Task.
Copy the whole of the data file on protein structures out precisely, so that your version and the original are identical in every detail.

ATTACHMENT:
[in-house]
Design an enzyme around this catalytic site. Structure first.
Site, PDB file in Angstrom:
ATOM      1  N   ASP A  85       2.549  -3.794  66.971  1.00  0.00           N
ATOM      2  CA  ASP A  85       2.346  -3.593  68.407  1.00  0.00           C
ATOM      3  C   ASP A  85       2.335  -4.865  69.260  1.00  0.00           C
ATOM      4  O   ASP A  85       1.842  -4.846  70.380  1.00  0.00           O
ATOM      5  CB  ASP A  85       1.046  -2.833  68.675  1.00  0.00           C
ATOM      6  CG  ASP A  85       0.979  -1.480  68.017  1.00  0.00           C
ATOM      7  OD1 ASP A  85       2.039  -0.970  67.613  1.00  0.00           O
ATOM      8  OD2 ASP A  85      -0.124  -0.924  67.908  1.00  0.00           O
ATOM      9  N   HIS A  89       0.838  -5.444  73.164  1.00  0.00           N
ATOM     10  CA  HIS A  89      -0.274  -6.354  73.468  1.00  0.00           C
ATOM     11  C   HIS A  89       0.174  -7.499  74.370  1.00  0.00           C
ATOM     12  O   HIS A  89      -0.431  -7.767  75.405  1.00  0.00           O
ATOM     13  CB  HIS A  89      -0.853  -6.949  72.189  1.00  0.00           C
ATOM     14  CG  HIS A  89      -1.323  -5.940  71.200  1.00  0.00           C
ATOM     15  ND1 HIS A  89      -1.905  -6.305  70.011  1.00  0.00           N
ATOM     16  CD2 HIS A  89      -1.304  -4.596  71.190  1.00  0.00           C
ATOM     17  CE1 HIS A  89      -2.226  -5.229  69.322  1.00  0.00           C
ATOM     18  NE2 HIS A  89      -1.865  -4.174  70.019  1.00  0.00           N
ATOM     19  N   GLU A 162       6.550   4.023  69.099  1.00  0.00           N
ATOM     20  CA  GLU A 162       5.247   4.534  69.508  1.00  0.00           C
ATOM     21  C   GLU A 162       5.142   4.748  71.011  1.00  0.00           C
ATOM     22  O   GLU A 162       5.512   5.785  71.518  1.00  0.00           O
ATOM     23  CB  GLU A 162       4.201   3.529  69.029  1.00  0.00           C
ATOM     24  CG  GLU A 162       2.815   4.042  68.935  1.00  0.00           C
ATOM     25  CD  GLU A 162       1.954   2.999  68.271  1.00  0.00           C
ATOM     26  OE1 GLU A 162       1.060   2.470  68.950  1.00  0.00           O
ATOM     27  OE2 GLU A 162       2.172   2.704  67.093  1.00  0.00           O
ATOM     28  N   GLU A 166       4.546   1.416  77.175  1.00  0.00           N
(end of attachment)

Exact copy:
[in-house]
Design an enzyme around this catalytic site. Structure first.
Site, PDB file in Angstrom:
ATOM      1  N   ASP A  85       2.549  -3.794  66.971  1.00  0.00           N
ATOM      2  CA  ASP A  85       2.346  -3.593  68.407  1.00  0.00           C
ATOM      3  C   ASP A  85       2.335  -4.865  69.260  1.00  0.00           C
ATOM      4  O   ASP A  85       1.842  -4.846  70.380  1.00  0.00           O
ATOM      5  CB  ASP A  85       1.046  -2.833  68.675  1.00  0.00           C
ATOM      6  CG  ASP A  85       0.979  -1.480  68.017  1.00  0.00           C
ATOM      7  OD1 ASP A  85       2.039  -0.970  67.613  1.00  0.00           O
ATOM      8  OD2 ASP A  85      -0.124  -0.924  67.908  1.00  0.00           O
ATOM      9  N   HIS A  89       0.838  -5.444  73.164  1.00  0.00           N
ATOM     10  CA  HIS A  89      -0.274  -6.354  73.468  1.00  0.00           C
ATOM     11  C   HIS A  89       0.174  -7.499  74.370  1.00  0.00           C
ATOM     12  O   HIS A  89      -0.431  -7.767  75.405  1.00  0.00           O
ATOM     13  CB  HIS A  89      -0.853  -6.949  72.189  1.00  0.00           C
ATOM     14  CG  HIS A  89      -1.323  -5.940  71.200  1.00  0.00           C
ATOM     15  ND1 HIS A  89      -1.905  -6.305  70.011  1.00  0.00           N
ATOM     16  CD2 HIS A  89      -1.304  -4.596  71.190  1.00  0.00           C
ATOM     17  CE1 HIS A  89      -2.226  -5.229  69.322  1.00  0.00           C
ATOM     18  NE2 HIS A  89      -1.865  -4.174  70.019  1.00  0.00           N
ATOM     19  N   GLU A 162       6.550   4.023  69.099  1.00  0.00           N
ATOM     20  CA  GLU A 162       5.247   4.534  69.508  1.00  0.00           C
ATOM     21  C   GLU A 162       5.142   4.748  71.011  1.00  0.00           C
ATOM     22  O   GLU A 162       5.512   5.785  71.518  1.00  0.00           O
ATOM     23  CB  GLU A 162       4.201   3.529  69.029  1.00  0.00           C
ATOM     24  CG  GLU A 162       2.815   4.042  68.935  1.00  0.00           C
ATOM     25  CD  GLU A 162       1.954   2.999  68.271  1.00  0.00           C
ATOM     26  OE1 GLU A 162       1.060   2.470  68.950  1.00  0.00           O
ATOM     27  OE2 GLU A 162       2.172   2.704  67.093  1.00  0.00           O
ATOM     28  N   GLU A 166       4.546   1.416  77.175  1.00  0.00           N